The public sector as an institution, at the national, state, and municipal levels, has left a tangible and disastrous legacy that has unreasonably and detrimentally impacted communities of color through the discriminatory housing practice known as redlining. In his book “The Color of Law,” Richard Rothstein explains in detail how the government, through policies and guidelines, supported banks and insurance companies in refusing or limiting mortgages and housing-related services in certain neighborhoods due to their racial and ethnic makeup. Systemically, this action deprived generations of the opportunity to build wealth through real estate equity and created and promoted ghettos, now referred to as “inner cities.” It wasn’t until Congress passed the Fair Housing Act of 1968 that this practice was made illegal, with the support and leadership of people such as President Lyndon B. Johnson and Rev. Martin Luther King Jr. Yet the struggle seems to not be over.


Regulating residential rentals in the Bay State is critical to citizens’ safety and integrity. Though housing is a human right, it has also been a profitable business. Many service providers (landlords) have been financially abusing their consumers (tenants) with steep rent increases, among many other actions now irrelevant to this article.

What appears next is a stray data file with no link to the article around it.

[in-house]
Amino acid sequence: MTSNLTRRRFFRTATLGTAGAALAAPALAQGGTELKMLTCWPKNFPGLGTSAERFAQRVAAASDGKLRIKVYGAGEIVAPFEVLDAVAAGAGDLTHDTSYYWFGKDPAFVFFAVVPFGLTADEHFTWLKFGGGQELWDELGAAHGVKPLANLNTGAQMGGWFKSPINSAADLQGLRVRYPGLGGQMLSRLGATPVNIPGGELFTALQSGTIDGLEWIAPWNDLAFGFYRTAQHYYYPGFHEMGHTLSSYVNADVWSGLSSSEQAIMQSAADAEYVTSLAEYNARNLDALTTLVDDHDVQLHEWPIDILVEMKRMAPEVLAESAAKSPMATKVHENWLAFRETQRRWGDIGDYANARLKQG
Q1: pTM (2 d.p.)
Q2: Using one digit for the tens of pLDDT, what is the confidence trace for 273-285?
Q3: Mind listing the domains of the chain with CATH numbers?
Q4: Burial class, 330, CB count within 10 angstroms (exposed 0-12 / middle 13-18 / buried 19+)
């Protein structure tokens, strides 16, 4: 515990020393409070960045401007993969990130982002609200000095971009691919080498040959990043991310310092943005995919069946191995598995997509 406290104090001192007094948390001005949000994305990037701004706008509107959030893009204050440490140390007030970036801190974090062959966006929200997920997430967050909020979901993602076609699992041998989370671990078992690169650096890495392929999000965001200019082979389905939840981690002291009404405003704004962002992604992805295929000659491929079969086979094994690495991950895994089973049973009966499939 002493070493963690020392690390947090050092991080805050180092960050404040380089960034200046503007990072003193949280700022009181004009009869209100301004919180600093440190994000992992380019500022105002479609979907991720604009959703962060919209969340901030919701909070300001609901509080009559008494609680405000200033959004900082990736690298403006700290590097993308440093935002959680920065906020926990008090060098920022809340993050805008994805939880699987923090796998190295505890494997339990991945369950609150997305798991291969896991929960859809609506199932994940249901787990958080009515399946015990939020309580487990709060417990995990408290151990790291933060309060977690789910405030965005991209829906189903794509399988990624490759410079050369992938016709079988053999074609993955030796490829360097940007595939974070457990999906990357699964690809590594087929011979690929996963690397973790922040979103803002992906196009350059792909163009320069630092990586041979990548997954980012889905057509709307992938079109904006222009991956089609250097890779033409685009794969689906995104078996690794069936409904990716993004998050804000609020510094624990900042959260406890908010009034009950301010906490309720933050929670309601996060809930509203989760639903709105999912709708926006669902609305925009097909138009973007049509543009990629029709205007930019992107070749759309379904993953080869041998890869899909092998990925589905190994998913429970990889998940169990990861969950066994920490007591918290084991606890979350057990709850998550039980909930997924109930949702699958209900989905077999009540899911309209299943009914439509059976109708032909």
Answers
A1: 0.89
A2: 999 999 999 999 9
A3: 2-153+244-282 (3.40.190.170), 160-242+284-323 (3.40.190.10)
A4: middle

Mike Morales, who is a real estate broker and served as the State Director of the Massachusetts Realtor Association, differs from my viewpoints. “I disagree with rent control for multiple reasons. First, rent control can discourage investment in rental properties, reducing the incentive for developers to build new housing units. This can lead to a decrease in the overall housing supply, exacerbating housing shortages in the long term. Second, landlords may have less revenue to invest in property maintenance and upgrades, leading to a decline in the quality of rental housing. This can result in substandard living conditions for tenants. Third, rent control can create market distortions by preventing rents from reflecting the true market value of properties. This can lead to inefficient allocation of housing, where tenants in rent-controlled units may stay despite better opportunities elsewhere. As you know, I take the housing crisis in our region very seriously, as it impacts nearly every demographic. Instead of rent control, alternatives such as housing vouchers, subsidies for low-income renters, and incentives for developers to build affordable housing can address affordability issues more effectively without the negative side effects.”


I, nonetheless, believe rent control will ensure accessible housing costs for low-income workers in a high-cost-of-living state. It will protect individuals from sudden rent hikes, which will prevent displacement and homelessness. It will provide financial security for families to allocate money to other essential needs such as education. Lastly, it will regulate the extreme fluctuations in the rental market, where a landlord can increase the rent to a tenant without any repercussions.  Bill S897/ H1359 is an option that helps, like many others, but does not address the root problem: an unregulated residential housing rental market. One where the bargaining power sits at the landlord’s hand.


Tomi Michel is a Rumbo Columnist. He can be reached at